newCombos has \$\left(\begin{array}{c}p\\c\end{array}\right) = \dfrac{p!}{c!\ (p - c)!}\$ combinations, each of which has \$c\$ values, where \$c\$ is the number of correct guesses within that constraint.

If we estimate that \$c = 3\$, then the complexity of your solution is \$O(10^p p^3g)\$ in time. The maximum space needed is the number candidates remaining after processing the first constraint, or \$O(\left(\begin{array}{c}p\\c\end{array}\right))\$.

I'm not sure that I analyzed the complexity completely correctly, but in any case those bounds are crazy. Your strategy of enumerating all the possibilities just doesn't scale. It's as if you were trying to solve a puzzle by generating all possible solutions first.

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why i revent xrange as per this brute force the problem statement number is rangeing from 10**15 to 10**16. so i used that but ur rightbrute force doesnt scale. i am trying other ways.. –  sundar nataraj Сундар Jun 13 at 11:42
1  
@sundarnatarajСундар, range(10**15, 10**16)? –  otus Jun 13 at 13:43

From an algorithm perspective I think the fastest way to solve this problem would be to treat each element as a statistically weighted possibility, add them up and then the ones with the highest chance will be your answer. For the example given:

90342 ;2 correct we have 2/5 correct, so each element has a 40% chance of being correct
70794 ;0 correct here we have 0/5, so each element has a 0% chance of being correct
39458 ;2 correct
34109 ;1 correct
51545 ;2 correct
12531 ;1 correct

if we only look at the digits with the highest chance of being correct we have:

first element:

9 (.4)
7 (0)
3 (.4)
3 (.2)
5 (.4)
1 (.2)

Thus 3 has a 60% (.4 + .2 = .6) chance of being correct.

second element:

0 (.4)
0 (0)
9 (.4)
4 (.2)
1 (.4)
2 (.2)

Here we see that 0 occurs twice, but one of the times it has a 0% chance of being correct so we can drop it as a possibility (which is nice because it had a 40% chance in the first guess). This leaves us with 9 and 1 as our two most likely answers.

Repeat this for every element and you will come to the answer that has the highest probability of being correct. Then just test it against all the guesses to see if it matches.

If it doesn't then just move on to your next most statistically viable guess. This method will drastically reduce the time complexity from brute forcing it.

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Pretty! You can also get away with just counting the occurrence rate of each digit in the guesses. If the digit occurs more often than others it's statistically more likely to be the right answer. This easy approach works better the more digits you have. –  Emily L. Jun 13 at 15:24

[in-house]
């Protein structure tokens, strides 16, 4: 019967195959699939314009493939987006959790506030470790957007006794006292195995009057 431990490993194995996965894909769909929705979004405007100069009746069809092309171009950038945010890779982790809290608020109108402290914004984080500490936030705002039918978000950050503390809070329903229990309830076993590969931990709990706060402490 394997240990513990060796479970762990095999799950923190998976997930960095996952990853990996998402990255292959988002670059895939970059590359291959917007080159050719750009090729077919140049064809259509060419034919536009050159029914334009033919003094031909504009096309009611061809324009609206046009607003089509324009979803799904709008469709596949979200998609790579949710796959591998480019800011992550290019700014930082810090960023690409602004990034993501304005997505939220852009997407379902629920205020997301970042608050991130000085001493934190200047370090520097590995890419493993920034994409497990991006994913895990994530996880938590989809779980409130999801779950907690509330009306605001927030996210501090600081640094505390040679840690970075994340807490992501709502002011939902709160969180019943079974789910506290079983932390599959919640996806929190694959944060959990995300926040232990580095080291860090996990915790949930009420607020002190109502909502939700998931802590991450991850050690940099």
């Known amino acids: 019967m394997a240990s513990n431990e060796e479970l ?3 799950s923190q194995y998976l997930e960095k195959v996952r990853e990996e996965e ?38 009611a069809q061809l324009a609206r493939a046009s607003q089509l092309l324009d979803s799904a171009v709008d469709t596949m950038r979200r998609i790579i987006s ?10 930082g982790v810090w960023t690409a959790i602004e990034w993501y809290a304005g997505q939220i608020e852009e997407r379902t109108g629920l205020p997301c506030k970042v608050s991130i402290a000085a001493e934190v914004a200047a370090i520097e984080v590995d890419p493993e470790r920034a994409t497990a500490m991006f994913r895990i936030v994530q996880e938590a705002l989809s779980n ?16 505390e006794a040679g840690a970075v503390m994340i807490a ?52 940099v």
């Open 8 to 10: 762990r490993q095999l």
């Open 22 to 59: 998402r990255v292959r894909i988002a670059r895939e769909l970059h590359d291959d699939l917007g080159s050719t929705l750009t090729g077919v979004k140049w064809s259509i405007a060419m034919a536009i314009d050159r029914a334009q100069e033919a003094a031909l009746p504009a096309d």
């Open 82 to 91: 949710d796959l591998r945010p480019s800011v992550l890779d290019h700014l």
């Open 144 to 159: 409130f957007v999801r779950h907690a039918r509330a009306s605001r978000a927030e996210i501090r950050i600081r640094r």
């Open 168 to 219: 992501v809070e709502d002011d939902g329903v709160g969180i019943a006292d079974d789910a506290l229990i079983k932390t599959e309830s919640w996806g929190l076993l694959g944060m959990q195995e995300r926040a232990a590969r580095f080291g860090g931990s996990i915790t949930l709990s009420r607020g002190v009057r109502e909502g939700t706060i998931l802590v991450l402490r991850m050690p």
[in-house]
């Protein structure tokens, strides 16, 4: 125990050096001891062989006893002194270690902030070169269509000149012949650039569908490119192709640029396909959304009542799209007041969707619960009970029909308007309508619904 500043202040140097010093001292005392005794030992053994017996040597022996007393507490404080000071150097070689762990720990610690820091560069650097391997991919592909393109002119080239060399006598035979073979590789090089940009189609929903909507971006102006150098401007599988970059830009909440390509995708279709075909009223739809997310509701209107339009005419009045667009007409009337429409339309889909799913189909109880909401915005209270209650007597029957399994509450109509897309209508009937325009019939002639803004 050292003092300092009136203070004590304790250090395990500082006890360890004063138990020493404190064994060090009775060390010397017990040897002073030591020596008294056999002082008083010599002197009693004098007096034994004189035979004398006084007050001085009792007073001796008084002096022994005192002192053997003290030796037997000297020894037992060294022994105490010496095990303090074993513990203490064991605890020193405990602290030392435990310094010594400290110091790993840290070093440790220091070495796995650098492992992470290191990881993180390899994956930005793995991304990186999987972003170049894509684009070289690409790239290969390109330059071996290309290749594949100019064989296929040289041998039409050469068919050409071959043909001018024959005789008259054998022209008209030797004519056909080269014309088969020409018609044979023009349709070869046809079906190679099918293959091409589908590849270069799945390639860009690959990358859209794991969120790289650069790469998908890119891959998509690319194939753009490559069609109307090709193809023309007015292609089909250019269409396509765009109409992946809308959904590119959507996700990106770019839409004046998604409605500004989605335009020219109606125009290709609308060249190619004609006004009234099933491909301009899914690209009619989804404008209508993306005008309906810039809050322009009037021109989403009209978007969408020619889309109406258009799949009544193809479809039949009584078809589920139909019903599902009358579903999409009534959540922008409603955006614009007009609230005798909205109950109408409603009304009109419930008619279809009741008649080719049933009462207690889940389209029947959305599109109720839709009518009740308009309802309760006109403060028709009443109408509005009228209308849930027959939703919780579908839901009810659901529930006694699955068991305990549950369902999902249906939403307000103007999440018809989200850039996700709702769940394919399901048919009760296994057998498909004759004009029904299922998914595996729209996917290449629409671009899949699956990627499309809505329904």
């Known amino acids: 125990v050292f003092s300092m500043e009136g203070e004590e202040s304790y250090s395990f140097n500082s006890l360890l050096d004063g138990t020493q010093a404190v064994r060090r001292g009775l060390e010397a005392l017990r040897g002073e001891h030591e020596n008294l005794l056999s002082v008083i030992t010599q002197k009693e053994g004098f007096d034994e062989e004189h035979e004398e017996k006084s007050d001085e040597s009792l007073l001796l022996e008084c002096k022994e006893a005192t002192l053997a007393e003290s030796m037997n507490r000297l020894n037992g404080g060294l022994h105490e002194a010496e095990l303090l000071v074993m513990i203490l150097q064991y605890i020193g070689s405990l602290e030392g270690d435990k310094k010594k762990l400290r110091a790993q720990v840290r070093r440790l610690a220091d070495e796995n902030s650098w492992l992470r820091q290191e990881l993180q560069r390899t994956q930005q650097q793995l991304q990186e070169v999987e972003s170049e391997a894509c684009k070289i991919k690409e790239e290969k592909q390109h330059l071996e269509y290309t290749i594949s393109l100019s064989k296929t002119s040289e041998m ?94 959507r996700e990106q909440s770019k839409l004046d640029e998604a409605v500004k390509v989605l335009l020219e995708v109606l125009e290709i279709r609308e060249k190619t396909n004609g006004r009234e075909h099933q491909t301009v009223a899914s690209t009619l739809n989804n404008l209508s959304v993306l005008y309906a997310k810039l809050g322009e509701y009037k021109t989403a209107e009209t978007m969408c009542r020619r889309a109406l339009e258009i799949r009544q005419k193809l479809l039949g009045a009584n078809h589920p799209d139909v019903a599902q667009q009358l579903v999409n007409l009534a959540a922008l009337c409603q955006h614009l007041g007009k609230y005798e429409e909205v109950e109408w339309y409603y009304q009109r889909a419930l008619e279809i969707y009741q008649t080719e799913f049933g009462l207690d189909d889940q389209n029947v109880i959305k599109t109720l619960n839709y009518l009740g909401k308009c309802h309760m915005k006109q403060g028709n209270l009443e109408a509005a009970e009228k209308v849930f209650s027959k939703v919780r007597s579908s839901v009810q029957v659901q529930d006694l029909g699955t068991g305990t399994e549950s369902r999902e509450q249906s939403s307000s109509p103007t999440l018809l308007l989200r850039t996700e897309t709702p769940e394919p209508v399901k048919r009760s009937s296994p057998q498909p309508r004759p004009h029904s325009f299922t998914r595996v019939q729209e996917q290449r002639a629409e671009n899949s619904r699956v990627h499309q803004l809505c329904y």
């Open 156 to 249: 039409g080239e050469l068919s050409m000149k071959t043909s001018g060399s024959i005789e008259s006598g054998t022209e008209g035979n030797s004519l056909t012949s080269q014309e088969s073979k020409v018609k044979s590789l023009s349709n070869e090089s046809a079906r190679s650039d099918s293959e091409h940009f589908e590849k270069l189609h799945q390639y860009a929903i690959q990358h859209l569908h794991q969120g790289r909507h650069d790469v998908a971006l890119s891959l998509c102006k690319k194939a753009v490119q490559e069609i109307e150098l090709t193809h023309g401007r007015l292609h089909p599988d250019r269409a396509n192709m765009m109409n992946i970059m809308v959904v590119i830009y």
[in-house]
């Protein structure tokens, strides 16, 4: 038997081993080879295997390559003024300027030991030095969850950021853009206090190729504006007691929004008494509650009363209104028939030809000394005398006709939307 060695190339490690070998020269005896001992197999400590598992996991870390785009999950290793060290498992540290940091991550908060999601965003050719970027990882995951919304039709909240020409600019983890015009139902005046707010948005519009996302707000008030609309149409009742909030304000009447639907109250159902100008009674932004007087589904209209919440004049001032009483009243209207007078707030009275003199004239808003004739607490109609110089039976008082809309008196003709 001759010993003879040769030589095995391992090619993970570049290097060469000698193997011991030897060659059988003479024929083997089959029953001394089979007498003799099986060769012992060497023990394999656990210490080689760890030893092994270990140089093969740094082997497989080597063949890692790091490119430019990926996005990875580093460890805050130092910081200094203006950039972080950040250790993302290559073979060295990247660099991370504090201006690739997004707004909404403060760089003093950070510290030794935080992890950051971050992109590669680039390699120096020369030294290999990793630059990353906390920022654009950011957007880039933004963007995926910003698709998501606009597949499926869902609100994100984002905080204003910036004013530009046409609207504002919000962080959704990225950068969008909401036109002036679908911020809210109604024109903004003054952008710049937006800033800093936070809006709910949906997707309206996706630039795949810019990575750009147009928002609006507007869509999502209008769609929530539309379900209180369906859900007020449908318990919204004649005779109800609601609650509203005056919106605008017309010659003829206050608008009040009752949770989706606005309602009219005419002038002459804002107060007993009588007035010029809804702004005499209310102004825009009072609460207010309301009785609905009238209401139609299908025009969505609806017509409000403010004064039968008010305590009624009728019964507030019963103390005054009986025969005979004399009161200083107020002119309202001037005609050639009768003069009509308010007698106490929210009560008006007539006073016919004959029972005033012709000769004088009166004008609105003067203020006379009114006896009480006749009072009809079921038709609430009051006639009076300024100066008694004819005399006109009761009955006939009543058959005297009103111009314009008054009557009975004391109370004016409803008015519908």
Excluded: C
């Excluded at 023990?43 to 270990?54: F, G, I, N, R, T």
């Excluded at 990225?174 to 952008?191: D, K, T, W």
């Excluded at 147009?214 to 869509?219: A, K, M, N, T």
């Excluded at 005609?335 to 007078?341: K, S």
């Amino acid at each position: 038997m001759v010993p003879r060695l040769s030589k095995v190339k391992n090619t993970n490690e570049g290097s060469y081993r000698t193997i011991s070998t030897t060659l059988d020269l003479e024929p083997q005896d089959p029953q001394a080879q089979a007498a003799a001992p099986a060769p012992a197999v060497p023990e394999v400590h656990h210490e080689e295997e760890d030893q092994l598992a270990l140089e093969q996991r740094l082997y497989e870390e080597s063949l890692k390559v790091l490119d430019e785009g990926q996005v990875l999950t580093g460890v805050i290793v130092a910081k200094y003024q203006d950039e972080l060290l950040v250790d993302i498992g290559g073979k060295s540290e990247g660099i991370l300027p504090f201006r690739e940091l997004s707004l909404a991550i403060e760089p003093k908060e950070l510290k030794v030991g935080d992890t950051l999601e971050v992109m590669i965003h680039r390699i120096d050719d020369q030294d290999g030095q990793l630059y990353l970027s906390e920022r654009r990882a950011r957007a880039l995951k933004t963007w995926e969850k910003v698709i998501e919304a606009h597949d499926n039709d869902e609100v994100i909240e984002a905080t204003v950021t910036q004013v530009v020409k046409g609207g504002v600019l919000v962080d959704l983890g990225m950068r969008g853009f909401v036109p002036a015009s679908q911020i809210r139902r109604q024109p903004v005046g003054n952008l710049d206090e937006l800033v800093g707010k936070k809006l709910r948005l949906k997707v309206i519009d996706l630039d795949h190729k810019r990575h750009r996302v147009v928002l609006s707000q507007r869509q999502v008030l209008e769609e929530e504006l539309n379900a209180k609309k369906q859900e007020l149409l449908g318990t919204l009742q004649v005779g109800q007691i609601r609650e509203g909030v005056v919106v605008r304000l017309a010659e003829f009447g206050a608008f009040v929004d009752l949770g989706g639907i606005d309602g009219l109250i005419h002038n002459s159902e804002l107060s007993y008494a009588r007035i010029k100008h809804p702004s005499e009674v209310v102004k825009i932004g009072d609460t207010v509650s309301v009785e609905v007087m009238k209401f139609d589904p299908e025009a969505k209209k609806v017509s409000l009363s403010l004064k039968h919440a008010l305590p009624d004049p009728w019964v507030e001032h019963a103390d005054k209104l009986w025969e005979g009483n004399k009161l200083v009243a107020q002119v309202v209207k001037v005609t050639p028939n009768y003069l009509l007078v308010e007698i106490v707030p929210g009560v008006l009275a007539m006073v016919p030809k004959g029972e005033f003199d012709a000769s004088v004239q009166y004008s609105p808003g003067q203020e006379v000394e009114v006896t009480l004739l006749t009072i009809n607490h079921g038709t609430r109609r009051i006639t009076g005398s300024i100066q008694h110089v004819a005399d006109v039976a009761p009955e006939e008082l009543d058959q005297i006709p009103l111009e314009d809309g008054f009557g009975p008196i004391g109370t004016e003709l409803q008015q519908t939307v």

Instead of recalling the range function for every iteration just call the range function once and save it outside of loop. This would allow you to store the list you are iterating over in memory instead.

this recalculates a list for you len(x)+1 times (redundantly):

temp=[]
for i in range(1,len(x)+1):
    temp.extend(list(itertools.combinations(x,i)))

but if you find it once and save it to memory before running the for loop:

range_list = range(1,len(x)+1) 
temp=[]
for i in range_list:
    temp.extend(list(itertools.combinations(x,i))) 

you can shave off some time by not recalculating something you already know.

Second, instead of first creating an empty list and populating with a loop you can use a single list comprehension:

replace this:

temp=[]
for i in range_list:    
    temp.extend(list(itertools.combinations(x,i)))   

with this:

temp = [list(itertools.combinations(x,i)) for i in range_list]

I don't know if this will make a huge change but it should help a little, and it simplifies your code a bit.

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This is in essence a Constraint Satisfaction Problem (CSP).

You're searching for a number \$A=\sum_{i=0}^k a_i\cdot 10^i \$ such that for each guess \$G_j=\sum_{i=0}^k g_{j,i}\cdot 10^i \$ you have a number of correct answers: \$C_j=\sum_{i=0}^k\epsilon\left(a_i,g_{j,i}\right)\$ where \$\epsilon\left(x,y\right) = \left\{\begin{array}{l l} 1 & \quad \text{if $x=b$}\\0 & \quad \text{other wise}\end{array} \right.\$.

Note that \$a_i,g_{j,i} \in \mathbb{Z}\$, \$0 \le a_i,g_{j,i} \le 9 \quad \forall i,j\$ for formality's sake.